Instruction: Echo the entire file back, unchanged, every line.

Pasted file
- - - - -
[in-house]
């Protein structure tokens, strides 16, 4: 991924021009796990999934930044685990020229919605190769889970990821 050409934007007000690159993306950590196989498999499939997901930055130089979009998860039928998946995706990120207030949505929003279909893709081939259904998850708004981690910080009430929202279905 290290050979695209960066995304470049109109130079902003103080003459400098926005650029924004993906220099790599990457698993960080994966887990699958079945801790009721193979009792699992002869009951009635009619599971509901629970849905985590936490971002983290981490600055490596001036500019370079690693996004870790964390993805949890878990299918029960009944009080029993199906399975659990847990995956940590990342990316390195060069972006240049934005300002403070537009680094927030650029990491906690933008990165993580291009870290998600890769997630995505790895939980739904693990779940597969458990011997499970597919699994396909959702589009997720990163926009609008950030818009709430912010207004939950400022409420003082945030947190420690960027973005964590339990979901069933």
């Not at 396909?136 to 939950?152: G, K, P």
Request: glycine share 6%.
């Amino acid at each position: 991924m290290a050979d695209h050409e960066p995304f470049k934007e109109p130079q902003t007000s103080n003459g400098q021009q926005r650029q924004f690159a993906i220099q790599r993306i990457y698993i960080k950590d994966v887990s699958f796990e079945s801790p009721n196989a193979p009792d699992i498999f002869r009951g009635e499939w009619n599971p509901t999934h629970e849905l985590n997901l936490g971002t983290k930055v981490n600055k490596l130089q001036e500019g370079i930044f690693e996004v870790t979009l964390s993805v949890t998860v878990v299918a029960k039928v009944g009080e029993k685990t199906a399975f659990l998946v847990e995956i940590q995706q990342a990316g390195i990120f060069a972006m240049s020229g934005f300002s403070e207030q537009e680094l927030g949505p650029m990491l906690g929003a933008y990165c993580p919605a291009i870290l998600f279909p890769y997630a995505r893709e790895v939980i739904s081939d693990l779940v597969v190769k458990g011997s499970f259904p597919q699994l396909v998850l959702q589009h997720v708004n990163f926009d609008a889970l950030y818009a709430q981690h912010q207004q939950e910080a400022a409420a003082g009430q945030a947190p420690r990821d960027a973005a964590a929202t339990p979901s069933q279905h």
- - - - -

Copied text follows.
[in-house]
């Protein structure tokens, strides 16, 4: 991924021009796990999934930044685990020229919605190769889970990821 050409934007007000690159993306950590196989498999499939997901930055130089979009998860039928998946995706990120207030949505929003279909893709081939259904998850708004981690910080009430929202279905 290290050979695209960066995304470049109109130079902003103080003459400098926005650029924004993906220099790599990457698993960080994966887990699958079945801790009721193979009792699992002869009951009635009619599971509901629970849905985590936490971002983290981490600055490596001036500019370079690693996004870790964390993805949890878990299918029960009944009080029993199906399975659990847990995956940590990342990316390195060069972006240049934005300002403070537009680094927030650029990491906690933008990165993580291009870290998600890769997630995505790895939980739904693990779940597969458990011997499970597919699994396909959702589009997720990163926009609008950030818009709430912010207004939950400022409420003082945030947190420690960027973005964590339990979901069933």
């Not at 396909?136 to 939950?152: G, K, P």
Request: glycine share 6%.
């Amino acid at each position: 991924m290290a050979d695209h050409e960066p995304f470049k934007e109109p130079q902003t007000s103080n003459g400098q021009q926005r650029q924004f690159a993906i220099q790599r993306i990457y698993i960080k950590d994966v887990s699958f796990e079945s801790p009721n196989a193979p009792d699992i498999f002869r009951g009635e499939w009619n599971p509901t999934h629970e849905l985590n997901l936490g971002t983290k930055v981490n600055k490596l130089q001036e500019g370079i930044f690693e996004v870790t979009l964390s993805v949890t998860v878990v299918a029960k039928v009944g009080e029993k685990t199906a399975f659990l998946v847990e995956i940590q995706q990342a990316g390195i990120f060069a972006m240049s020229g934005f300002s403070e207030q537009e680094l927030g949505p650029m990491l906690g929003a933008y990165c993580p919605a291009i870290l998600f279909p890769y997630a995505r893709e790895v939980i739904s081939d693990l779940v597969v190769k458990g011997s499970f259904p597919q699994l396909v998850l959702q589009h997720v708004n990163f926009d609008a889970l950030y818009a709430q981690h912010q207004q939950e910080a400022a409420a003082g009430q945030a947190p420690r990821d960027a973005a964590a929202t339990p979901s069933q279905h």